Men who want to become dads and occasionally smoke weed are often paranoid about their sperm — and not just because they’re stoned. It’s natural to ask “Is smoking weed, um, bad for my boys?” While a growing body of research links excessive marijuana use to male infertility, a new study suggests that there may be other risks: When these men are able to conceive, in spite of smoking weed, it could increase their child’s risk of autism. While the findings raise many important questions for couples trying to become parents, they raise even more questions for doctors and scientists trying to understand marijuana’s effects on sperm and determine whether smoking pot while trying to conceive can be considered safe, even in small amounts.
Prior to the current research, questions of sperm and marijuana were mostly related to fertility. Doctors advise against cannabis for men trying to conceive based on studies that show what it does to sperm — heavy use lowers sperm counts, decreases sperm motility (basically, their ability to swim), and increases sperm malformation. But obviously that does not mean that weed inevitably renders sperm useless. If it did, teens would use it as a contraceptive and Phish fans would have gone extinct.
But the medical and scientific consensus is that if a couple is having trouble getting pregnant, then it’s not a good idea for the guy to smoke pot. “All we can say is that your swimmers may not be as healthy as they could be if you did not have marijuana in your system,” says Dr. Jamin Brahmbhatt, a urologist and sexual health expert at Orlando Health. “For my male infertility patients, I do recommend stopping marijuana to maximize fertility.”
And for men who are not particularly worried about fertility issues, marijuana in small doses can help combat erectile dysfunction and boost female libido, making it easier to have sex and therefore, theoretically, easier to conceive. Unless they’re struggling with infertility, most pot-smoking couples net out somewhere in the middle, dabbling without overdoing it. Plenty of men can smoke pot and still get someone pregnant.
The more important question is, what happens when they do?
If this new study is any indication, weed may have more of an impact than previously thought. “We were surprised to find this significant association between marijuana use in men and changes in this gene that is implicated in autism,” says study coauthor Rose Schrott, a Ph.D. student at Duke University. After conducting another study that demonstrated 177 potential genetic changes in the sperm of men who use marijuana, Schrott decided to zero in on those specific genes. Using 24 men, 12 users and 12 non-users, animal models, and a genome-wide analysis of the activity of segments of DNA, they found that when men smoked or ingested marijuana, the Discs-Large Associated Protein 2, or the DLGAP2 gene, underwent notable methylation. This matters because DLGAP2 gene identified is strongly associated with autism as well as schizophrenia and post-traumatic stress disorder.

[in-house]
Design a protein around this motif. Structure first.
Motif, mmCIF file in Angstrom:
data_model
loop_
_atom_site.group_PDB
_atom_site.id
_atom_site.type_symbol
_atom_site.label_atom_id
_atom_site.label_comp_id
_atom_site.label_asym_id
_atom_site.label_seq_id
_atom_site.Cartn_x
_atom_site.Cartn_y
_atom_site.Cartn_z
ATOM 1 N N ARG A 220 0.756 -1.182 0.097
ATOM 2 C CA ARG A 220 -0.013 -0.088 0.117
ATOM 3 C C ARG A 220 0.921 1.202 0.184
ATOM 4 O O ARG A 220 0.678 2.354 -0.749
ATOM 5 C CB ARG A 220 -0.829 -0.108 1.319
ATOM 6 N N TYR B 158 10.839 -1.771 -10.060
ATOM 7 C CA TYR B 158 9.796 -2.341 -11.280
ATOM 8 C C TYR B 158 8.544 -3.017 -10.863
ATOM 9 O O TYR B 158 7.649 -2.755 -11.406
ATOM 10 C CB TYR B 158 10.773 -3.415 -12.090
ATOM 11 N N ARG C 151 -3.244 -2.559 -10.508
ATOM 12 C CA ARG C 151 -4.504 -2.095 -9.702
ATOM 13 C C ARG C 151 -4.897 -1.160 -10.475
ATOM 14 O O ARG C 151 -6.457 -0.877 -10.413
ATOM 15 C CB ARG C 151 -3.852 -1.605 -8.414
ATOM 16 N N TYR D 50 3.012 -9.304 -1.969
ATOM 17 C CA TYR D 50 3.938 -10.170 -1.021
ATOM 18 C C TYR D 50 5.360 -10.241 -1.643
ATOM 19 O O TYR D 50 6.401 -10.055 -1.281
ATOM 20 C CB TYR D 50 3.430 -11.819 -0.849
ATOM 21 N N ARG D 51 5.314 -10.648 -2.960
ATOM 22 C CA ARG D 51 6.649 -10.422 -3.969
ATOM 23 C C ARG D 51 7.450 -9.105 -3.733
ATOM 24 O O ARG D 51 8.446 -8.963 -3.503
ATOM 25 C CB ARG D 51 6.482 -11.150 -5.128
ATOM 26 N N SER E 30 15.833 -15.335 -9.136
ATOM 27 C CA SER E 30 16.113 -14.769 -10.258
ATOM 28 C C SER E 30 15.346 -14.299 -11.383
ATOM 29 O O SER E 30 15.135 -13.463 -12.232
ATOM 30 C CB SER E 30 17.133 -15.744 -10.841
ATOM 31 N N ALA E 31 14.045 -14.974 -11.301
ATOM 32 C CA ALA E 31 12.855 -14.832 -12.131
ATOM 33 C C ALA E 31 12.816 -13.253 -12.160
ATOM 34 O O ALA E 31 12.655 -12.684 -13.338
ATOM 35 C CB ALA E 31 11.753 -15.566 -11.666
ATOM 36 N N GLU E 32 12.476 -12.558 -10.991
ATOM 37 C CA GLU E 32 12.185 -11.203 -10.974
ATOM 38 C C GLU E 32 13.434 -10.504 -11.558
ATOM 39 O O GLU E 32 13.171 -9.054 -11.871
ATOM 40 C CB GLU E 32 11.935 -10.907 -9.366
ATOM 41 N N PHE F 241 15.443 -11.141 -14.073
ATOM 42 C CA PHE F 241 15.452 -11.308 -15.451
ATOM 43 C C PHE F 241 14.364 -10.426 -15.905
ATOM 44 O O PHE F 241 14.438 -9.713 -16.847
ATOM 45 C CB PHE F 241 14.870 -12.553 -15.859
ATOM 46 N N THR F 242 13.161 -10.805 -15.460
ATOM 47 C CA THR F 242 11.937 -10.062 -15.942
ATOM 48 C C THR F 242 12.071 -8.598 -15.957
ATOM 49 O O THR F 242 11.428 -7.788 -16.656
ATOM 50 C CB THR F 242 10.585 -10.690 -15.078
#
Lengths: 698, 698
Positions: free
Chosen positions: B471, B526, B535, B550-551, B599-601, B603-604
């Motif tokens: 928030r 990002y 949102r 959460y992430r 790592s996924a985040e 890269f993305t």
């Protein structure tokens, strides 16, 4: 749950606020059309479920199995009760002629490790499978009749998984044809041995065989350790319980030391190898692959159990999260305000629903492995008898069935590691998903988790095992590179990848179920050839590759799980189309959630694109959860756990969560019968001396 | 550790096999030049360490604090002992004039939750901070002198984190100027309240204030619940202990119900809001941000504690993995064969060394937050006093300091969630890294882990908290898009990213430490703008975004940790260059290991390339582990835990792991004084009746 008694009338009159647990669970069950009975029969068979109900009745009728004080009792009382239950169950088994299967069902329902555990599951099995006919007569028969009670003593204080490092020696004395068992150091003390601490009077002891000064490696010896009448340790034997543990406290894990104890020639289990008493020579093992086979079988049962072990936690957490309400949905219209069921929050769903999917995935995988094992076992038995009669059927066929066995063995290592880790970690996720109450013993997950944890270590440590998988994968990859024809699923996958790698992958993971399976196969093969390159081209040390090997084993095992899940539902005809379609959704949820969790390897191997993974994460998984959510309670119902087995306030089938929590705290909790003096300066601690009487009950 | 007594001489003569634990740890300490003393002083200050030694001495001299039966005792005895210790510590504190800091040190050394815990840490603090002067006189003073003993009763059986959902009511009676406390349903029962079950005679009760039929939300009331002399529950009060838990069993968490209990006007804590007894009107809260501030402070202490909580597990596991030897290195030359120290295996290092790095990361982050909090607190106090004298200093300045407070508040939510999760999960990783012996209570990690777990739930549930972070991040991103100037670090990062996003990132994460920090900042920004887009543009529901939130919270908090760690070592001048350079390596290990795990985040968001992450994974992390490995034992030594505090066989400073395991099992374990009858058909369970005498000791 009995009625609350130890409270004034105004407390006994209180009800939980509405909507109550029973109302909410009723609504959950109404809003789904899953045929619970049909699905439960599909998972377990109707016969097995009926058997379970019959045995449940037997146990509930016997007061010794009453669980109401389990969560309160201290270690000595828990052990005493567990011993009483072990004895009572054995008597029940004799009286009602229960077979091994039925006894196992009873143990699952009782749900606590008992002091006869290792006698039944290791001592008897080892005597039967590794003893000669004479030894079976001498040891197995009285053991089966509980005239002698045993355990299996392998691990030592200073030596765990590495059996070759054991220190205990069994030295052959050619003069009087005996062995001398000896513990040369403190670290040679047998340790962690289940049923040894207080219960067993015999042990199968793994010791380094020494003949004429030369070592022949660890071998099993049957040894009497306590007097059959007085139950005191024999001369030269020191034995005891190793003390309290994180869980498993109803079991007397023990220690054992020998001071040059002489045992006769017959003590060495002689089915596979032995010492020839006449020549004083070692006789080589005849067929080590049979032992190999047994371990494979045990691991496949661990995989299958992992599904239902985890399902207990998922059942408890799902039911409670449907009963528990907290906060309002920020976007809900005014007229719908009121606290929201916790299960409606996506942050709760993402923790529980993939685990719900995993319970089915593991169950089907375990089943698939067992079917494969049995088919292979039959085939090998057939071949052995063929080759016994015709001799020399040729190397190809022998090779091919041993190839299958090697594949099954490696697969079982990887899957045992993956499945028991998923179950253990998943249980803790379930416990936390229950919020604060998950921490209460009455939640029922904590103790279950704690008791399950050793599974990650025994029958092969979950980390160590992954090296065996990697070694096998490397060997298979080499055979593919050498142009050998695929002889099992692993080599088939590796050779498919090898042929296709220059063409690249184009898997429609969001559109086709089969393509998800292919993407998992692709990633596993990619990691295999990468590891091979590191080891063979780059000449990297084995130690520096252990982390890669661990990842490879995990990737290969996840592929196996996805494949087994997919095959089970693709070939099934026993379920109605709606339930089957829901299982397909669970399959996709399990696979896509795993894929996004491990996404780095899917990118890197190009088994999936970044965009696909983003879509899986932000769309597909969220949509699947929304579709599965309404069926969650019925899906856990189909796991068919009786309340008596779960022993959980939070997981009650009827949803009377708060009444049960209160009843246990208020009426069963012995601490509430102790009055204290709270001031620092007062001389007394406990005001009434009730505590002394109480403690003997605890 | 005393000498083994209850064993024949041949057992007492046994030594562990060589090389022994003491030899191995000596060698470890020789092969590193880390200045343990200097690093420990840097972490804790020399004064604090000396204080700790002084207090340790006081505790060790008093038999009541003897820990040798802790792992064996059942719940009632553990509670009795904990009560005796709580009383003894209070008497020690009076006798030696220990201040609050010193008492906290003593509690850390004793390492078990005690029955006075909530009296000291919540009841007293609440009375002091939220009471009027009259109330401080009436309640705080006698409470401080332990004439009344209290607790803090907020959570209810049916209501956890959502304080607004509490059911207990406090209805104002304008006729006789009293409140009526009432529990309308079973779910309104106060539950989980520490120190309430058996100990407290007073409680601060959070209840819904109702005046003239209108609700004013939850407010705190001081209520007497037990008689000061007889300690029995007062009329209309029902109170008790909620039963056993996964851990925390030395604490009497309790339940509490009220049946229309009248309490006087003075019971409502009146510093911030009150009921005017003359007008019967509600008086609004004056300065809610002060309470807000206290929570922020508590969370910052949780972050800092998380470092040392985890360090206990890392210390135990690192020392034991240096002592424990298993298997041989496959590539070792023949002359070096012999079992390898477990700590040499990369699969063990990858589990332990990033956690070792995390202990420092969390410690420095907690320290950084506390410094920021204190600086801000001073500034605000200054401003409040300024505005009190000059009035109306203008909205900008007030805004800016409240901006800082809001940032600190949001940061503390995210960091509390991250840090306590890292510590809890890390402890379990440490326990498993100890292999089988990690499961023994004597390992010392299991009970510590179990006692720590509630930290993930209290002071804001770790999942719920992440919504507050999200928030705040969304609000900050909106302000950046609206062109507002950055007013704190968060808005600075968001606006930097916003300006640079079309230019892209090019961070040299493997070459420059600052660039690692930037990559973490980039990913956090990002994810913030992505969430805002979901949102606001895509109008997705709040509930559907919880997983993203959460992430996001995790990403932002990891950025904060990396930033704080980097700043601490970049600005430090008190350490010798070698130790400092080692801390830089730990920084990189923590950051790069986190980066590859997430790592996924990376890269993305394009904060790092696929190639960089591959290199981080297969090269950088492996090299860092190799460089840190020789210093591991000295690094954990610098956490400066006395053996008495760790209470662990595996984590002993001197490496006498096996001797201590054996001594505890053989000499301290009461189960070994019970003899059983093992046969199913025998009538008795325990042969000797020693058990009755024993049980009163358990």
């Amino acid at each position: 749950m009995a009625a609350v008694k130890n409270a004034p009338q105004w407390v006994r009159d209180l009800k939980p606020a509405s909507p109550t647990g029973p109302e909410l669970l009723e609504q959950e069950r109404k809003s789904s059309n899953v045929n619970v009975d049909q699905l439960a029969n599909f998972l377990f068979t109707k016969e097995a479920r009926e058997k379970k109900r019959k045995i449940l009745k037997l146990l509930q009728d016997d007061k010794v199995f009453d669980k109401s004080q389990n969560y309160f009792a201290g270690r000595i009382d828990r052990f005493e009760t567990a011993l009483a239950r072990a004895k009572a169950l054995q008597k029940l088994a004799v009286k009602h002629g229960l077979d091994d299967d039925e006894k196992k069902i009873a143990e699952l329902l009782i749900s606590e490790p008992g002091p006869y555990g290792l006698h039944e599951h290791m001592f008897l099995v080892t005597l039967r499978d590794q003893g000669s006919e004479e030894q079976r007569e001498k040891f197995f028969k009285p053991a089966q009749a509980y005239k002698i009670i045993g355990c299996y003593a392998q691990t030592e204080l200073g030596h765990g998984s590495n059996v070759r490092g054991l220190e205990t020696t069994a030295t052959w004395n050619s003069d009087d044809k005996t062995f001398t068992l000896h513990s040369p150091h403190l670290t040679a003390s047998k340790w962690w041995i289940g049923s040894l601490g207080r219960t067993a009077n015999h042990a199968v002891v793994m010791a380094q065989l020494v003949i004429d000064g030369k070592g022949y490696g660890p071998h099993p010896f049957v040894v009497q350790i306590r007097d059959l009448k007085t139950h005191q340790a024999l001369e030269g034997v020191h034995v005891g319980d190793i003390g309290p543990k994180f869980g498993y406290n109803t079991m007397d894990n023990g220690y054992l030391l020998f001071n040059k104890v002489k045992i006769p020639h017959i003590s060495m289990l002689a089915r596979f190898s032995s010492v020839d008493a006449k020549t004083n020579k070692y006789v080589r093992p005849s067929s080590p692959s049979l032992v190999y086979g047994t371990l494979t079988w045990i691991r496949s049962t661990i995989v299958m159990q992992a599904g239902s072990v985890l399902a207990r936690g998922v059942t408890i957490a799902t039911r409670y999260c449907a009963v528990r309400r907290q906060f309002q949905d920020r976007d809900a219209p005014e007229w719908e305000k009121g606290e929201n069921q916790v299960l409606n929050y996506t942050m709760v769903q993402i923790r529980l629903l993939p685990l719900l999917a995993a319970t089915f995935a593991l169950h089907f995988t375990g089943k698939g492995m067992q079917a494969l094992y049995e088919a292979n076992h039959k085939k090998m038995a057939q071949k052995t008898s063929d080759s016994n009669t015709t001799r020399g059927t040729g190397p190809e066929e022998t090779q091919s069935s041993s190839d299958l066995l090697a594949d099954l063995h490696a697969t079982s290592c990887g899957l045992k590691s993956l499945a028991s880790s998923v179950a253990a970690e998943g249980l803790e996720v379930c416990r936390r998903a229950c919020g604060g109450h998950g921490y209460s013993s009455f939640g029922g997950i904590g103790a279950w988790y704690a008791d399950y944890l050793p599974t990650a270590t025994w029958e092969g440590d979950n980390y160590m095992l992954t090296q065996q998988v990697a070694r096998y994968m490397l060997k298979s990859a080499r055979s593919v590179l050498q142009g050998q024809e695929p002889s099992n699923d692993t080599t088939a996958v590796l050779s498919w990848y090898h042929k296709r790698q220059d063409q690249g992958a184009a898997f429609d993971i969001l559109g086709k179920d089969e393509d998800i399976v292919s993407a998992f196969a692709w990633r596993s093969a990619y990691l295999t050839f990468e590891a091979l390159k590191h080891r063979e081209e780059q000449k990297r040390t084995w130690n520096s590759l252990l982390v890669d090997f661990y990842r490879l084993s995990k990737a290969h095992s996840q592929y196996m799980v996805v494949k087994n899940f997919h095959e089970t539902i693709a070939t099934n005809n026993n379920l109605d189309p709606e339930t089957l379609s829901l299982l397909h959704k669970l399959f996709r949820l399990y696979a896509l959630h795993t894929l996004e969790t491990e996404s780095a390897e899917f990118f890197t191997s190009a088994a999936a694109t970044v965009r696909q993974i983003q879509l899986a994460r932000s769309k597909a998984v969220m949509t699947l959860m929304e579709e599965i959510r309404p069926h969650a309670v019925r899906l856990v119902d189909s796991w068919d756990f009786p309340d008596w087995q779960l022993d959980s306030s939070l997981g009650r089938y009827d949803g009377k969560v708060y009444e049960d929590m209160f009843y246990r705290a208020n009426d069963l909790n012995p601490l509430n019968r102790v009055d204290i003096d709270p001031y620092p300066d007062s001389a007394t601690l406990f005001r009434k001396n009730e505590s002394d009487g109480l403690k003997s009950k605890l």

“Our initial study was really the first of its kind to look at marijuana use in men and changes to his sperm, so we didn’t necessarily expect to see this gene being implicated, but it was a finding that we felt warranted follow-up given its potential involvement in autism and schizophrenia,” Schrott says.
Since it is the first study of this kind, the findings are very much prospective and need to be duplicated with a larger sample size before there is any reason for men to panic. “We are only able to report this association present in the sperm of men who use marijuana. So what this means for children, we don’t know,” Schrott adds.
Dr. Jordan Tishler, a physician and Harvard-trained Holistic Care expert, believes that if the risks of smoking weed were that significant, we’d see the effects more prominently in society. That is not to say that cannabis use while trying to conceive is risk-free, but those smaller risks need to be carefully examined through many more formal studies.
“There is no evidence that heavy users have trouble conceiving or have an increased risk of ill children. However, no studies looking for those outcomes have been done to date,” he notes.
It is tempting to jump to the conclusion that the rise in autism cases could be attributed to the mainstreaming of marijuana, as the domestic production of it has increased tenfold over the past 25 years. Still, it is important to stress that the current study does not directly link men’s marijuana use to autism in their offspring, but rather calls for much more research on the matter. Until then, the largest risk prospective dads run with weed is guilt if something does go wrong during the pregnancy. There may be no way to be certain that cannabis caused the problem, but if parents are going to feel terrible about that for the rest of their child’s life, then they should probably take a break from the weed.
“If the man or the couple are worried about cannabis use during conception and are likely to feel that they did something wrong if they have a damaged child,” Tishler says, “then cannabis should be avoided.” When it comes to conception, it’s not exactly worth the risk.